Culture session: the power of employer brand
Bringing brilliant people together is a great way to get to the heart of the challenges and opportunities businesses face. Our People Made Culture Sessions do exactly that.
For our latest event we welcomed three incredible culture leaders from very different backgrounds to talk about how candidates and employees navigate a complex landscape of product brands, business brands and employer brands.
Vik Gartside from PZ Cussons, Caroline Collins from Dr. Martens, and Sian Hall from Lithia all work in businesses famous for their iconic products. We were keen to understand how this affected perceptions and expectations, recruitment and talent strategy, and how it impacted employees’ sense of connection and belonging.
We were lucky enough to be joined by Charlie Cottrell, writer at our sister copywriting agency Stratton Craig, who kindly summarised three key takeaways from a fascinating evening.
1. Brand perceptions: external versus internal
Naturally, people outside a business – whether consumers or prospective employees – tend to judge a brand by its overall reputation in the marketplace. Where a brand wields significant cultural capital and evokes strong affinities in consumers, this connection and passion can be a real draw for talent.
However, it’s important for brands to recognise that the reasons people choose a product aren’t necessarily the same as their motivations for joining – and staying at – a business. New hires with a real passion for your brand make ideal brand ambassadors, but they will also be arriving with a preconceived idea of what the employee experience might look like. And this could cause friction if that experience doesn’t align with the real thing.
What’s important then, is for brands to articulate the reality of the employer brand from the outset. Every business will have commercial goals, and this can be jarring for people who are deeply invested in the brand's other priorities and core values. The sweet spot is for brands to harness the positive energy of these people by communicating with them honestly and authentically about the role they will play in the business reaching its goals – commercial and otherwise.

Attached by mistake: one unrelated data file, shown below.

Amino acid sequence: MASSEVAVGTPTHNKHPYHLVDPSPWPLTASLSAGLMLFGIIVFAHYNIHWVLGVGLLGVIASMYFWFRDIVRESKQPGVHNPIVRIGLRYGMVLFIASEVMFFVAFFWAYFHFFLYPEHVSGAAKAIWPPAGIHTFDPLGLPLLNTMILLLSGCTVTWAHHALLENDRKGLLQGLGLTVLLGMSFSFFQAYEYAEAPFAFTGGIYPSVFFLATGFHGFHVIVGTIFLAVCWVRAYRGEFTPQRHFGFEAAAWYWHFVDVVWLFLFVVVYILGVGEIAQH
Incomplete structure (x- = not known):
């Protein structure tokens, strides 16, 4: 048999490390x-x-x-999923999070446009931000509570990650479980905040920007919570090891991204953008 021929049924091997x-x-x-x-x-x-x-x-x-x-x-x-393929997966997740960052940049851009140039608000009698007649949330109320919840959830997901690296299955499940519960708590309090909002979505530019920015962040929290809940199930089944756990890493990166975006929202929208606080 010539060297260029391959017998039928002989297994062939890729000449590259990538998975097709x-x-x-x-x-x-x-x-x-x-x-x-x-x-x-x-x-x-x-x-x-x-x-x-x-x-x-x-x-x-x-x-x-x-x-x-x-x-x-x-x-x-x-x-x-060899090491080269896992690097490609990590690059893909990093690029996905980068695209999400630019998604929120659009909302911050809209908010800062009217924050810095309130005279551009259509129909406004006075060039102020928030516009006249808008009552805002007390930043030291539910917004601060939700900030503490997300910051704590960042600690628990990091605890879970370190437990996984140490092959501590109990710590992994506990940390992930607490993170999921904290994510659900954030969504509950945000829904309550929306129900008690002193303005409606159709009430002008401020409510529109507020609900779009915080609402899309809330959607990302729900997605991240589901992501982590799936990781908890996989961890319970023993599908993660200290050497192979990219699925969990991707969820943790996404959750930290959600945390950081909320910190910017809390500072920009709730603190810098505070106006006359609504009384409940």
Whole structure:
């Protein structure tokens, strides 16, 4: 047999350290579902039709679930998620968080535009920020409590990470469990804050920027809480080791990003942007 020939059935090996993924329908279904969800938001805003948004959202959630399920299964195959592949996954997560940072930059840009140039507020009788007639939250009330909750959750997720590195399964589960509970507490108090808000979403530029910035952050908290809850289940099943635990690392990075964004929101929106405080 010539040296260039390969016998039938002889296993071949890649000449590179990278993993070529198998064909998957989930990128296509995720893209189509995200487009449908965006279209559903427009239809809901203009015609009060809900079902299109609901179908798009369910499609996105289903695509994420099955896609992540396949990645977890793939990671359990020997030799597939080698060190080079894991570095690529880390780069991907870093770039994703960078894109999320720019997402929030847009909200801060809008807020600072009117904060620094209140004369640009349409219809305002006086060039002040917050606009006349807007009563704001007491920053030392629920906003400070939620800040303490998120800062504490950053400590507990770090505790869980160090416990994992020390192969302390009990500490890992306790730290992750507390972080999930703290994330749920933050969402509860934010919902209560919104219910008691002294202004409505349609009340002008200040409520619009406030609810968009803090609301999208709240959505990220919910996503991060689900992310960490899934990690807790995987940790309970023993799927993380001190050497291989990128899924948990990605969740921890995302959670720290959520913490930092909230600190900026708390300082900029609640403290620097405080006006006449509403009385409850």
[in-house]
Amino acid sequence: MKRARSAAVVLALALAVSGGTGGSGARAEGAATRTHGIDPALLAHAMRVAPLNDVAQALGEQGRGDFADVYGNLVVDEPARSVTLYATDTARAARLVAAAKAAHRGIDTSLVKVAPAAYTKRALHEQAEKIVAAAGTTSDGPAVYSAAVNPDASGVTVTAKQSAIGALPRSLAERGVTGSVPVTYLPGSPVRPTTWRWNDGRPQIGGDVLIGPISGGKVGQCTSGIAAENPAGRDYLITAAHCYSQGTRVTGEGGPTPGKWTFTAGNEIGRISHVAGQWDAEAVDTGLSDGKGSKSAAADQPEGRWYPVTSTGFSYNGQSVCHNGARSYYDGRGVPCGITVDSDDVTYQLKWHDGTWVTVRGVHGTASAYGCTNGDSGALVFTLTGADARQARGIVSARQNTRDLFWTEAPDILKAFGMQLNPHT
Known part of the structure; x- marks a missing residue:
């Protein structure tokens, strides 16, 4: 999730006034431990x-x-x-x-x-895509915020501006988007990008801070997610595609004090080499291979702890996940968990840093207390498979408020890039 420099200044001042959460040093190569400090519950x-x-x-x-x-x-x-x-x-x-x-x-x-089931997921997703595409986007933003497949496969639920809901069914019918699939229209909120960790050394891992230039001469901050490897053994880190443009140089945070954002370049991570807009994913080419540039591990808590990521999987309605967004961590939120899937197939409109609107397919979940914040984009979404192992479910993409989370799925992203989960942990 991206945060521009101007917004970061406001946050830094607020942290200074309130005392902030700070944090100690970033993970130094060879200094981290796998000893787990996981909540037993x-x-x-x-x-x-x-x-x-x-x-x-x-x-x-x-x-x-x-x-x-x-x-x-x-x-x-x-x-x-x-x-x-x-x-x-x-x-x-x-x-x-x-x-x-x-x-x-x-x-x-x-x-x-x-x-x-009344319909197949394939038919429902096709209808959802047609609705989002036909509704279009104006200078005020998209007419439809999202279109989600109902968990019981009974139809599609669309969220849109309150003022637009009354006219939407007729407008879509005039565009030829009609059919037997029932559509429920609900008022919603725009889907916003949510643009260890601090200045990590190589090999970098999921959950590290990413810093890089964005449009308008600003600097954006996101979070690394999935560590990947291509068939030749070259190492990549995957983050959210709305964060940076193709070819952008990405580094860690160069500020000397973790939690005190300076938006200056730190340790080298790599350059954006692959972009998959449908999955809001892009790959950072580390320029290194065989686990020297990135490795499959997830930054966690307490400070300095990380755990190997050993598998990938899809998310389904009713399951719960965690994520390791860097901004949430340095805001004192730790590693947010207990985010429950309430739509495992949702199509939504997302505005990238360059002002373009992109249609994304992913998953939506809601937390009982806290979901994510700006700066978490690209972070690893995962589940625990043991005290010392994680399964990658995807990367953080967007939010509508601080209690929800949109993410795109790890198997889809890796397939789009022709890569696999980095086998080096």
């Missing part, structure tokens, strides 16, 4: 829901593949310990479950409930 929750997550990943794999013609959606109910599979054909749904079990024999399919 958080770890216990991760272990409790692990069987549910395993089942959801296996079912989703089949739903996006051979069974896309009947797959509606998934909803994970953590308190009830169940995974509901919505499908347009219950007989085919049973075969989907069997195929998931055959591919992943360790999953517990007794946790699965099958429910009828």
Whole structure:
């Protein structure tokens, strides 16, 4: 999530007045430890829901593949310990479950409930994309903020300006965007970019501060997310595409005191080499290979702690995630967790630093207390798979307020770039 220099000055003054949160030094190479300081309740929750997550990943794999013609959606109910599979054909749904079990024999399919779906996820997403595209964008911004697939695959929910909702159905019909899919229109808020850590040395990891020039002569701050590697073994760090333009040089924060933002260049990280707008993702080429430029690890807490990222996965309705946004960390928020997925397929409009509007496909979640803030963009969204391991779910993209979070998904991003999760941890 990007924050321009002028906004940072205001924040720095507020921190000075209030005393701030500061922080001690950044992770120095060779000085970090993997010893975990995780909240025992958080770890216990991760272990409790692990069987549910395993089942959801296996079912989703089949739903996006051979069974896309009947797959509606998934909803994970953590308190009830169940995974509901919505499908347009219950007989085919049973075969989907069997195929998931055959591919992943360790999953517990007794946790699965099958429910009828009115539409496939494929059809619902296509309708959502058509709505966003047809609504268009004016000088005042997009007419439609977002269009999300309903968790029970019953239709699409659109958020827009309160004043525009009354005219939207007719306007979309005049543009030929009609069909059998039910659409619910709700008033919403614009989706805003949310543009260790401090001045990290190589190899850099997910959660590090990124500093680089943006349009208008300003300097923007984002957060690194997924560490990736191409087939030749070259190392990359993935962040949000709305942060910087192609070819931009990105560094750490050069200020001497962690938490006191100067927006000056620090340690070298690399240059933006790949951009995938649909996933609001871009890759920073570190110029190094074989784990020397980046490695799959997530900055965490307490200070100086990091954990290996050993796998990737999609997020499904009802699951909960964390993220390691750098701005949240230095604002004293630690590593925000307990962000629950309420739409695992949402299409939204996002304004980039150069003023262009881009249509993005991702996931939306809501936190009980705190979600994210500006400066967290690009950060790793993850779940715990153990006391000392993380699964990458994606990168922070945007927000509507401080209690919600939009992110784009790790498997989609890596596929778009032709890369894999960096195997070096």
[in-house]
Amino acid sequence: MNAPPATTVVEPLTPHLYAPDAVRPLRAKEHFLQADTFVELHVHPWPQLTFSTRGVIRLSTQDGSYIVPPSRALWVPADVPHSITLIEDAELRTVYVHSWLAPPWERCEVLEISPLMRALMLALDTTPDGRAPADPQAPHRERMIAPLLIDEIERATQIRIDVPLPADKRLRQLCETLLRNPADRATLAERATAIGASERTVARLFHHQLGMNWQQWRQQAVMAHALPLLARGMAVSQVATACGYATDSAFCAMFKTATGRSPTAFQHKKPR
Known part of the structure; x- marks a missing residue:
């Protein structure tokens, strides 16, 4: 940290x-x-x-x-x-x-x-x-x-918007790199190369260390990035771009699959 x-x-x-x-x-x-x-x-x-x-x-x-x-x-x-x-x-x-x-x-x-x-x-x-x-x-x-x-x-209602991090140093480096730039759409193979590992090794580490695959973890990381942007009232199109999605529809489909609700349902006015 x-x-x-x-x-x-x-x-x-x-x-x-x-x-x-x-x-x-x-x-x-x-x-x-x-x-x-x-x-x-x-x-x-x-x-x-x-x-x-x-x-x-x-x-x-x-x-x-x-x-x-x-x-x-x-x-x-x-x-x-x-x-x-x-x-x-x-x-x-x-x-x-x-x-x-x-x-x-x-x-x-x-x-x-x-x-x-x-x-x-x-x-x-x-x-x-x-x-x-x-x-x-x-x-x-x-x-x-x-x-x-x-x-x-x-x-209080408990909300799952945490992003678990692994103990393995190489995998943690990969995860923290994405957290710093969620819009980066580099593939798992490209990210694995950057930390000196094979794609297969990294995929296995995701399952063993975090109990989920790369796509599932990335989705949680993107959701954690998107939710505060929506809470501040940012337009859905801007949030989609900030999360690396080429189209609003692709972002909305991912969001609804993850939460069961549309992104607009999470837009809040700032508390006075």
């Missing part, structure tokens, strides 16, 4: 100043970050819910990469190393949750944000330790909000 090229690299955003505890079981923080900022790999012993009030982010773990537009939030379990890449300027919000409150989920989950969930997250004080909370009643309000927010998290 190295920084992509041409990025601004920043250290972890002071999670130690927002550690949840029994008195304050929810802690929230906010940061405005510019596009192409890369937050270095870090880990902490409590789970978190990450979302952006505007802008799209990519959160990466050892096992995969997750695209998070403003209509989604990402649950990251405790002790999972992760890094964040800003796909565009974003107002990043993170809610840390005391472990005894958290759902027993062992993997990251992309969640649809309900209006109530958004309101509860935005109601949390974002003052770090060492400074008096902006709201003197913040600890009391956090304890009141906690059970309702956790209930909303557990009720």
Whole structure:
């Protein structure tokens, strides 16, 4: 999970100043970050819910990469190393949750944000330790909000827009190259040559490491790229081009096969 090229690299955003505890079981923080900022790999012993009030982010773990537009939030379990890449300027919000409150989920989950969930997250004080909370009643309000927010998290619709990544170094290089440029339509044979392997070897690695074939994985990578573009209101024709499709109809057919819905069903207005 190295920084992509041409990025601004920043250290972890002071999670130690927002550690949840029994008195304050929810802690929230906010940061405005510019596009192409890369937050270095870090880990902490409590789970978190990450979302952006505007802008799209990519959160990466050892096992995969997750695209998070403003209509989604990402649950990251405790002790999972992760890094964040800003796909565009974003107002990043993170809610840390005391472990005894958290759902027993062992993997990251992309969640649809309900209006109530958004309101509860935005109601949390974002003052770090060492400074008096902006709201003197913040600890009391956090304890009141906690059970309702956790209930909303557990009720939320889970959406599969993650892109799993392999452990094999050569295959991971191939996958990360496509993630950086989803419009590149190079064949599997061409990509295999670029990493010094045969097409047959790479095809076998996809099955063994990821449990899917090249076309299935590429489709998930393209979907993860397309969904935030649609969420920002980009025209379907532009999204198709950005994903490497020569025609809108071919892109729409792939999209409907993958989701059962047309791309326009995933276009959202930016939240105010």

2. Stand by what you stand for
Businesses need to sell themselves to attract the best talent. But in doing so, it’s important they don’t sacrifice what makes their employer brand special. Sure, use the pulling power of a famous product to make your employee value proposition attractive – but have confidence in your employer identity too. In the same way a market-facing brand develops over time, an employer brand is on its own journey – and rowing back on this to get new people through the door can hinder progress.
Ultimately, it’s people who make a brand what it is, whether that be through their perceptions as consumers, or their actions as advocates. Defining an ever-evolving employer brand can be challenging – so it’s important to keep communicating with the people in your organisation about the employee experience. What do they think it’s like to work for your organisation? These sort of temperature checks can offer valuable insights into what makes your culture special and what may attract fresh talent.
This validated consensus could also give you the confidence to stick to your guns when faced with candidates who may not be a good fit culturally, even if they are passionate about the masterbrand and products. 
3. The brand tug of war
There’s no single way that people interact with a brand. While the overarching masterbrand will often be doing the heavy lifting on shaping public perceptions, don’t underestimate the impact that an employer brand can have on reputation. Remember that most people can name a brand that, for better or for worse, stands out for its internal culture.
Plus, it’s the employer brand that is out in the world engaging with talent. Whether prospects or candidates are familiar with the brand or not, their impressions from this experience will count, and they are likely to share them with others.
So just how important is an employer brand in shaping the public perception of a business – and how important should it be? Sometimes, there can be an internal battle between marketing and talent teams to ensure employer brand isn’t resigned to the back page of an employee handbook.
Working towards any sort of equilibrium can be challenging, but a strong purpose can serve as a north star for businesses. Even if this purpose isn’t shared with the wider world, it can manifest in the way a company markets itself. Equally, a strong purpose can guide the development of an employee value proposition and how it is communicated to talent. So, while it’s important for an employer brand not to lean too heavily on the master brand, a strong purpose can serve as a key link between the two. 
Finding the best and right talent is becoming increasingly challenging, so it’s vital your employer brand hits the mark. At People Made, we help businesses uncover insight and develop practical, strategic direction to help you find, attract and hold on to your people.
Want to learn more? Get in touch today: [email protected]